WA and Commonwealth laws ruled not inconsistent over live export

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Jenne BrammerThe West Australian
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The Awassi Express previously berthed at Fremantle Harbour.
Camera IconThe Awassi Express previously berthed at Fremantle Harbour. Credit: Seven News

A WA court has ruled the State’s animal welfare laws are not inconsistent with the Commonwealth in terms of live export, providing clarity over a long-contested point relating to a high-profile animal cruelty case.

The decision in the Magistrate’s Court was handed down today in the continuing Department of Primary Industries and Regional Development prosecution of Emanuel Exports.

The decision supports the State Government’s position that WA’s animal welfare laws can be applied to live animal exports without necessarily conflicting with Commonwealth law.

Perth-based Emanuel Exports directors Graham Daws and Michael Stanton have each pleaded not guilty to 16 charges of animal cruelty over the Awassi Express voyage in 2017, when thousands of sheep died.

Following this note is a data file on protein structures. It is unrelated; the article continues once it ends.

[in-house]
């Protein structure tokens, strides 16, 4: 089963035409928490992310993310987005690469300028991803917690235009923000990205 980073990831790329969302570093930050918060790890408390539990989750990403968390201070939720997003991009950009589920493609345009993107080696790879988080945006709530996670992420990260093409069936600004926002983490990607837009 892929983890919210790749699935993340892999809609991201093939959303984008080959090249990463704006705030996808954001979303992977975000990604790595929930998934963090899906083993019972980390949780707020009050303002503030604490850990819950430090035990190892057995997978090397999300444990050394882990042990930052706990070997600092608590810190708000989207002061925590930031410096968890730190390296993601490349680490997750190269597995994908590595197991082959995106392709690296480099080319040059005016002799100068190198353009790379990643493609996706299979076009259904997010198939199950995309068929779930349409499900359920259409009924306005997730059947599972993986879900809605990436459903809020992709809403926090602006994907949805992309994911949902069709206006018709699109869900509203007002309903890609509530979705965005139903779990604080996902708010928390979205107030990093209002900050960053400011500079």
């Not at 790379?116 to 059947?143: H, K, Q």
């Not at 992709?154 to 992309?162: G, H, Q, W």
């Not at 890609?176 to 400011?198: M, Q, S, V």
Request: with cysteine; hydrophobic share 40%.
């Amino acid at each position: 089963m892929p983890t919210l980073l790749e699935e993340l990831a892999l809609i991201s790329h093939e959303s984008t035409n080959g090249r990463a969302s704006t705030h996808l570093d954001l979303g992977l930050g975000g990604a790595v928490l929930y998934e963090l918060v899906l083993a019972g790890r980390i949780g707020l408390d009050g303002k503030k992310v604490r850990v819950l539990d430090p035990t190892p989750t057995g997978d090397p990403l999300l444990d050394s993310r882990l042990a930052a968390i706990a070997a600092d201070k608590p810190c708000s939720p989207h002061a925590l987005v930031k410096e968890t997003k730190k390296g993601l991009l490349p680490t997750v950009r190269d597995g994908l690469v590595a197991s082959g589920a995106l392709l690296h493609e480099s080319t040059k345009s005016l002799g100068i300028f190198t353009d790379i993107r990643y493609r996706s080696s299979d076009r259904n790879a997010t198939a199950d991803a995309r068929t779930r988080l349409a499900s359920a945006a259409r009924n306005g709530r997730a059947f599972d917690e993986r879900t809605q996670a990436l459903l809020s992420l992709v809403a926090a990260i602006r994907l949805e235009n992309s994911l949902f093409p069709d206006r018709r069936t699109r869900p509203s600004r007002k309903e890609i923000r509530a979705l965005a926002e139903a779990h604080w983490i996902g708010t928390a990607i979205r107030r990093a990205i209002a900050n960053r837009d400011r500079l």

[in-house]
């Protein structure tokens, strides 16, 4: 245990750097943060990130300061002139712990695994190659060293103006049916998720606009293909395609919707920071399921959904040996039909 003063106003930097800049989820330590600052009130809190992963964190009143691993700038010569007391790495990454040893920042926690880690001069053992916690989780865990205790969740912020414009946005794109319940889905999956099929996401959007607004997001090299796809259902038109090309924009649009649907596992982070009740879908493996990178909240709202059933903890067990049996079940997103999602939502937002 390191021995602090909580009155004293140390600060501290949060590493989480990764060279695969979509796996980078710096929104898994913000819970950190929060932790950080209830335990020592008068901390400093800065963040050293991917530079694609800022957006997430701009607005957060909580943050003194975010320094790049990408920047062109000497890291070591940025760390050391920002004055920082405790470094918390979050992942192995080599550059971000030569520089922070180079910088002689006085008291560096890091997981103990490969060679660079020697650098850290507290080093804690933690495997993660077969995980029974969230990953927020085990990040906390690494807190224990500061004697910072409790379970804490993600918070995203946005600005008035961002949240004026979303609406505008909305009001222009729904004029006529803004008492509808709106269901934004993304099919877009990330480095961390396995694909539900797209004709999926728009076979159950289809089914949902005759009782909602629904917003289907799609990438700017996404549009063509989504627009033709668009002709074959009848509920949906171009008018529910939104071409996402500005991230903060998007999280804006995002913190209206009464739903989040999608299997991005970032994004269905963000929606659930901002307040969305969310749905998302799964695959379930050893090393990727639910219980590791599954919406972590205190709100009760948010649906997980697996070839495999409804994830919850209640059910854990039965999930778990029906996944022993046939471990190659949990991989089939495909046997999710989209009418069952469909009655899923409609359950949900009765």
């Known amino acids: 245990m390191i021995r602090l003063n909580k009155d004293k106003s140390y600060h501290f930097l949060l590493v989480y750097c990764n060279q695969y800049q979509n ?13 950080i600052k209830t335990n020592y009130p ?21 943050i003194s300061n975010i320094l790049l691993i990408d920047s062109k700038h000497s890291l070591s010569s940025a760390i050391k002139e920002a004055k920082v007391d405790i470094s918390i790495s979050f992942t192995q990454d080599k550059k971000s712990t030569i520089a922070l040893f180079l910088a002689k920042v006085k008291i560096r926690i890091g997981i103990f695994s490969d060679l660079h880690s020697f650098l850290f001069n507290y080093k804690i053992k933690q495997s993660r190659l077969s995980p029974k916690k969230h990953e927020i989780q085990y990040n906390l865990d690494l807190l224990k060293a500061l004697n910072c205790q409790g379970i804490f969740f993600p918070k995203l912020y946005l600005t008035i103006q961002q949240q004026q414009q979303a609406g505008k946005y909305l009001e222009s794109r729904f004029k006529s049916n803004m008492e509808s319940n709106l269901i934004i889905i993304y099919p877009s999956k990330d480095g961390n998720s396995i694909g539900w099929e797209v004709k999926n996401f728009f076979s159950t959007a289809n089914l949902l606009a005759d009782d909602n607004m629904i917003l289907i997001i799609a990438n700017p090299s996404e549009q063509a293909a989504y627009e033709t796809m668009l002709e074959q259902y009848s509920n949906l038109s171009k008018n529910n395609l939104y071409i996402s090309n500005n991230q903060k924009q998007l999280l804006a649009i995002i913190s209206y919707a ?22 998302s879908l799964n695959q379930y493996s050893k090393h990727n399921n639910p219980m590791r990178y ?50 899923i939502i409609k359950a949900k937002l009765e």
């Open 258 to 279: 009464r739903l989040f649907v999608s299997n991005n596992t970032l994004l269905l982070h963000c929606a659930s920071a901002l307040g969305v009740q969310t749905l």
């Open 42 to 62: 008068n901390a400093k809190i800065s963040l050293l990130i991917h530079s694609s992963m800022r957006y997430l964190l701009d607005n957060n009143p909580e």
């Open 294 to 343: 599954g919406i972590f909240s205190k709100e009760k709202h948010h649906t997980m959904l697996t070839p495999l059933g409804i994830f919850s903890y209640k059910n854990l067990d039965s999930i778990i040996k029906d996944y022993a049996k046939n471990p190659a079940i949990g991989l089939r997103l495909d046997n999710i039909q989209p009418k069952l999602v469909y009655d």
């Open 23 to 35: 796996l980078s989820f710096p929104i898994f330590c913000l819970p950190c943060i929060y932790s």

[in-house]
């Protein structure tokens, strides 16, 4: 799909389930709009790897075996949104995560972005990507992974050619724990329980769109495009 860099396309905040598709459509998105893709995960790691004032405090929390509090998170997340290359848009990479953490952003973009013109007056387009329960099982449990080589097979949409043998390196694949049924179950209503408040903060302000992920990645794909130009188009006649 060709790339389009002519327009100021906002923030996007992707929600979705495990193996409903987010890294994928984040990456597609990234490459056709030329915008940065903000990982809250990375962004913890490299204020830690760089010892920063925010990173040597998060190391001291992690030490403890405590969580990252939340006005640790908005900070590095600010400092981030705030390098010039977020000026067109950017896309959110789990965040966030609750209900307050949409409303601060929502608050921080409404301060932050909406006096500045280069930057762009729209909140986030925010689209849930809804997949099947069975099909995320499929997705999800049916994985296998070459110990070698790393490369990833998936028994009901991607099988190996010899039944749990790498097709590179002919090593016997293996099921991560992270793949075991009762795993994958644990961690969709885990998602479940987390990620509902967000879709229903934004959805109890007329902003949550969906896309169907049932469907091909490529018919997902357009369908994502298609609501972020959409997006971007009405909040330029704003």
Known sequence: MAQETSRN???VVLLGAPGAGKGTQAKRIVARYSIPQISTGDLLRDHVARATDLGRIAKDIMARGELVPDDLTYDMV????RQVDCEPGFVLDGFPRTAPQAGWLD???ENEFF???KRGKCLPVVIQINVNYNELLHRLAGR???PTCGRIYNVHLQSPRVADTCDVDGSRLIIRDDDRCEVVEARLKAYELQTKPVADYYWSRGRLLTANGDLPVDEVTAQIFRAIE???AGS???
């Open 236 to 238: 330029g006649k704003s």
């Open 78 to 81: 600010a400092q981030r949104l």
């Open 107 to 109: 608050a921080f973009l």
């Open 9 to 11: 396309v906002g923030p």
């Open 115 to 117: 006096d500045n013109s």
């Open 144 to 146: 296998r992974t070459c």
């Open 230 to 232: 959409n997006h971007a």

The company — which is also facing animal cruelty charges — has also pleaded not guilty.

Lawyers for Emanuels, Mr Daws and Mr Stanton had called for charges to be dismissed, arguing they fall outside the State’s legal jurisdiction.

But Magistrate Evan Shackleton said he found certain section of the Animal Welfare Act 2002 supported charges against the accused and were not inconsistent with a law of the Commonwealth.

Agriculture Minister Alannah MacTiernan welcomed the decision.

“This clarification is important for both industry and government in understanding our responsibilities in relation to welfare on board live export ships,” she said.

Emanuel Exports is due to next appear before the court in October.

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